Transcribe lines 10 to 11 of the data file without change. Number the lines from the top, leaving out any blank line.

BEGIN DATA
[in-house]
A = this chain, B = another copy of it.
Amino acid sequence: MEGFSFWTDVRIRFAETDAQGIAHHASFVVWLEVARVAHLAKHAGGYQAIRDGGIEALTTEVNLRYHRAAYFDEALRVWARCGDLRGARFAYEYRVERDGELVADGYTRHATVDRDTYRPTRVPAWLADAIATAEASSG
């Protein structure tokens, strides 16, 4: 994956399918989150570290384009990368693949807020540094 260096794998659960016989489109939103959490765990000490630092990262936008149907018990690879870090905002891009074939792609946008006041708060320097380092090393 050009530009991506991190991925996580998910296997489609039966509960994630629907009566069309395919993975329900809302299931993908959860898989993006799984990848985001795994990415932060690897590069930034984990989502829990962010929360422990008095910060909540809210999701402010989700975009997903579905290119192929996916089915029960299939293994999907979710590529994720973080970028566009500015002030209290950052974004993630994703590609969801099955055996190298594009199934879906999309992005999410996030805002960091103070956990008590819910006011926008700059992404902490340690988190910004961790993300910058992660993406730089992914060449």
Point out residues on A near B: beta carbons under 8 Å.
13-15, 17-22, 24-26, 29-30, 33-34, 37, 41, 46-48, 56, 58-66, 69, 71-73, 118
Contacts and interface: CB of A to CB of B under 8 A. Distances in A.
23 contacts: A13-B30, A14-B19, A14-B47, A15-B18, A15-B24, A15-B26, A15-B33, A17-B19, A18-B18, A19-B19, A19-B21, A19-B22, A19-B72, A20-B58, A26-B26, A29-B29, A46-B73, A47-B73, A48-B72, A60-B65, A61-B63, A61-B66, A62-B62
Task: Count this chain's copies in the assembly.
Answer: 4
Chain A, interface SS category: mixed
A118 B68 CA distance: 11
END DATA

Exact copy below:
Answer: 4
Chain A, interface SS category: mixed